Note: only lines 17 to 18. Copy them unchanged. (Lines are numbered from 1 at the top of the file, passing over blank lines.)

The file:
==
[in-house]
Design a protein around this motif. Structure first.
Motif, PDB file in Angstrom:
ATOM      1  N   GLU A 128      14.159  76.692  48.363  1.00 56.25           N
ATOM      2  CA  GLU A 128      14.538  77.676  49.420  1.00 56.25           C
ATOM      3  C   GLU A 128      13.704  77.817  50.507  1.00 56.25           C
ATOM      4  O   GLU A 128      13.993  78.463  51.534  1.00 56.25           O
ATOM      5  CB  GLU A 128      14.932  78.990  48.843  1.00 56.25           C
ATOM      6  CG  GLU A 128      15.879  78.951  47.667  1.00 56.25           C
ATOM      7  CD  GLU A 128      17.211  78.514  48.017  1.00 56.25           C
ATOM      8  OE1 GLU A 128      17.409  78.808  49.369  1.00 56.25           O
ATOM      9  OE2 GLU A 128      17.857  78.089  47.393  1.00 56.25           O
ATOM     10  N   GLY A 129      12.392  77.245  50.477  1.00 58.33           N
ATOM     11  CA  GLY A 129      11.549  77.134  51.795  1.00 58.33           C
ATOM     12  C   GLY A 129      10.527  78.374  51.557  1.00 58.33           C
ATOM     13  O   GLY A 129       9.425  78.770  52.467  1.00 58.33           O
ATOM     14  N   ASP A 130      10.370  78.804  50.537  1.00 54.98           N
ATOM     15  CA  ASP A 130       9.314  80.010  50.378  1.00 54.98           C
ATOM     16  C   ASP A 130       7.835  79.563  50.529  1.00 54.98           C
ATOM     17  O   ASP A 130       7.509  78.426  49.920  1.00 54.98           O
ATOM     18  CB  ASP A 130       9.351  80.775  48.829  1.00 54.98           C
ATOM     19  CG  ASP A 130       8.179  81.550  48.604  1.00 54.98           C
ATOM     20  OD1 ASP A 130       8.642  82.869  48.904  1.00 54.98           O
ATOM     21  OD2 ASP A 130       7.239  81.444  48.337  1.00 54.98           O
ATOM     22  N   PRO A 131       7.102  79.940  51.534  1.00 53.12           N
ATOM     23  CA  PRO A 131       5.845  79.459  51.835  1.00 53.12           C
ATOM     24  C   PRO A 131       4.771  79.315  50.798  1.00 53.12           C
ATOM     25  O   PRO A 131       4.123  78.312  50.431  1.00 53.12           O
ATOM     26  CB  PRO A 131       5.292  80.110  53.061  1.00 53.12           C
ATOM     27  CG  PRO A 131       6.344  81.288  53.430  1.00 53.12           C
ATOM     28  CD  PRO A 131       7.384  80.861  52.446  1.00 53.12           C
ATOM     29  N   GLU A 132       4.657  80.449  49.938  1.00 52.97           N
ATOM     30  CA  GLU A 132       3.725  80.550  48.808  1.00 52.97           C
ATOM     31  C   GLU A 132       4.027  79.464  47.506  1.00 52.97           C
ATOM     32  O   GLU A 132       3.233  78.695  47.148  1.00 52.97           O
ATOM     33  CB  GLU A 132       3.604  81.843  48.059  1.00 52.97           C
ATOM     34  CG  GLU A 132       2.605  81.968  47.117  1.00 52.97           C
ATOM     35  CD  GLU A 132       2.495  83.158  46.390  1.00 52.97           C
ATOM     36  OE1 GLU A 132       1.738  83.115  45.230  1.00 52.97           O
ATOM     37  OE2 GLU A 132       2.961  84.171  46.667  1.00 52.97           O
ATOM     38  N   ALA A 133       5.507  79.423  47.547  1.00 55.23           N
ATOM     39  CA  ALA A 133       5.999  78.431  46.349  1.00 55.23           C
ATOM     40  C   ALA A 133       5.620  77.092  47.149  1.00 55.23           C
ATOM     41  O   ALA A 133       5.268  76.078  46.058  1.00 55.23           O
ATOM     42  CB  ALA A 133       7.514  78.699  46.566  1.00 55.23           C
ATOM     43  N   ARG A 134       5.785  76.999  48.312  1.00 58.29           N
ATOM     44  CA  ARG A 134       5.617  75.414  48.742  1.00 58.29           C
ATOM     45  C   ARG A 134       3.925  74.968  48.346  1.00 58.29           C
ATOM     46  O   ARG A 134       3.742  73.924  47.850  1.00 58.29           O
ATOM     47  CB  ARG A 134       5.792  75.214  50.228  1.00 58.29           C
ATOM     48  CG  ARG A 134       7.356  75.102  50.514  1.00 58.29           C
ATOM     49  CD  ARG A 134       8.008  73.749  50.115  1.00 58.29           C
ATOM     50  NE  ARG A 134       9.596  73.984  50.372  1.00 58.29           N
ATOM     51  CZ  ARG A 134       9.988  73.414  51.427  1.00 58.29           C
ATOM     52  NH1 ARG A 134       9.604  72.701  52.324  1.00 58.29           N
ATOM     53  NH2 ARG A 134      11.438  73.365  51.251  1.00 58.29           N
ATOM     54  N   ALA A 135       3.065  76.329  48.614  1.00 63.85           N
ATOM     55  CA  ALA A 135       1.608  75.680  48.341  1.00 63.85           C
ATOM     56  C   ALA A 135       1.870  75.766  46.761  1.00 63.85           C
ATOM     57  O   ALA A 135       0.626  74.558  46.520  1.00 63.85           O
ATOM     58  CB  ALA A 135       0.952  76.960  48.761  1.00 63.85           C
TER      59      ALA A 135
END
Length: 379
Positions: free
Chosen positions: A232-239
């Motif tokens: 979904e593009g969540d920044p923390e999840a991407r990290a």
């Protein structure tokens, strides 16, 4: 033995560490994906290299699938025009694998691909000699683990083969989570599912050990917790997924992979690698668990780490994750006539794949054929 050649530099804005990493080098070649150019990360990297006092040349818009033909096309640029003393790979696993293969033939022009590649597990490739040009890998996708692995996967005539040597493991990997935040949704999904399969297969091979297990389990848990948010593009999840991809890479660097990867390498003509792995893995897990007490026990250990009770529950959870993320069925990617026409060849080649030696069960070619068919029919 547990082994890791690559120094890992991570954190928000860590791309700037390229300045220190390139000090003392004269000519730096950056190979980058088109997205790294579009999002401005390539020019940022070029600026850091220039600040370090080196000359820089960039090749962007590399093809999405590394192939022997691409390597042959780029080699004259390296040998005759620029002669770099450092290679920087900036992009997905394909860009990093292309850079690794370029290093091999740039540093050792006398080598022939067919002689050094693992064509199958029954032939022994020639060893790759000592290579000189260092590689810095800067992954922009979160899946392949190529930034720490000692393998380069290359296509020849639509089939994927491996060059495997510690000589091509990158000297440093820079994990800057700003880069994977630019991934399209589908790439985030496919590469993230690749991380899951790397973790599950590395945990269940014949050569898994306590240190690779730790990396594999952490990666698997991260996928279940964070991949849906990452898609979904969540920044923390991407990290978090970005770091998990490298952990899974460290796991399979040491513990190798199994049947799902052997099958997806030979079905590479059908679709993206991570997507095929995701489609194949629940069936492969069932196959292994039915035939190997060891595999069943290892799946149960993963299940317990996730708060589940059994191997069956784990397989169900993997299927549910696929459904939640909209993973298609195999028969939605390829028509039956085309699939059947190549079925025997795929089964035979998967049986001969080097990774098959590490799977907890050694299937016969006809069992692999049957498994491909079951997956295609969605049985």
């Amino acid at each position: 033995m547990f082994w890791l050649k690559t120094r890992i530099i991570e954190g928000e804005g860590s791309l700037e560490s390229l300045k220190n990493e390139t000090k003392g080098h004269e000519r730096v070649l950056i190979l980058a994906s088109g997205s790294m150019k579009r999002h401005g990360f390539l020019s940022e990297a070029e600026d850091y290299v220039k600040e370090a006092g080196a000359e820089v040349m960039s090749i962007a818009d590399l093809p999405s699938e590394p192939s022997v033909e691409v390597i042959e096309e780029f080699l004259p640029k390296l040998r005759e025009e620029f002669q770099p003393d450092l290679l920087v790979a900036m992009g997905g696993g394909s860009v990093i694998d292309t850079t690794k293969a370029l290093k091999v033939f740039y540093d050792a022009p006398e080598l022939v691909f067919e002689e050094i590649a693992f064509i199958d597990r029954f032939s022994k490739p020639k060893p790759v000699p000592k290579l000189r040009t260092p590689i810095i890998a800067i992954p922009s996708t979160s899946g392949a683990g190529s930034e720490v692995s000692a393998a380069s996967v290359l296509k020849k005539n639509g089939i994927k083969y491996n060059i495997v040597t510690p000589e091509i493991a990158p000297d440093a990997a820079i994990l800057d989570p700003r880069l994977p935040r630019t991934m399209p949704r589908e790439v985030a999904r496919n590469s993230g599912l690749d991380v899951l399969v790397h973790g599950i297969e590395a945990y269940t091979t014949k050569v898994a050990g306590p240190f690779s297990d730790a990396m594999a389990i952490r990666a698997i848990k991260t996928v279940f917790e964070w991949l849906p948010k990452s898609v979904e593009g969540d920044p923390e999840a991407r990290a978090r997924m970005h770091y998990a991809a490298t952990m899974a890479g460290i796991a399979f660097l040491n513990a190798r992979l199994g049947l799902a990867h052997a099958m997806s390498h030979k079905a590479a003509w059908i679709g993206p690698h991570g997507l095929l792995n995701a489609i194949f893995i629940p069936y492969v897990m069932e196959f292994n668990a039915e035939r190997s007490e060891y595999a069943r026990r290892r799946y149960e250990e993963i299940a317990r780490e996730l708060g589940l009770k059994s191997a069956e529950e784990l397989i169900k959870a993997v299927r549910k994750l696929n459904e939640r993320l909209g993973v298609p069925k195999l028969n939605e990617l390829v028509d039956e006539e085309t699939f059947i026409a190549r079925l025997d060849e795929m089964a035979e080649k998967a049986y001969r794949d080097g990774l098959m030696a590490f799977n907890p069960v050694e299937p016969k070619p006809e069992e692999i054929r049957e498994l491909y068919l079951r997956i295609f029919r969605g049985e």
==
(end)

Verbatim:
ATOM     14  N   ASP A 130      10.370  78.804  50.537  1.00 54.98           N
ATOM     15  CA  ASP A 130       9.314  80.010  50.378  1.00 54.98           C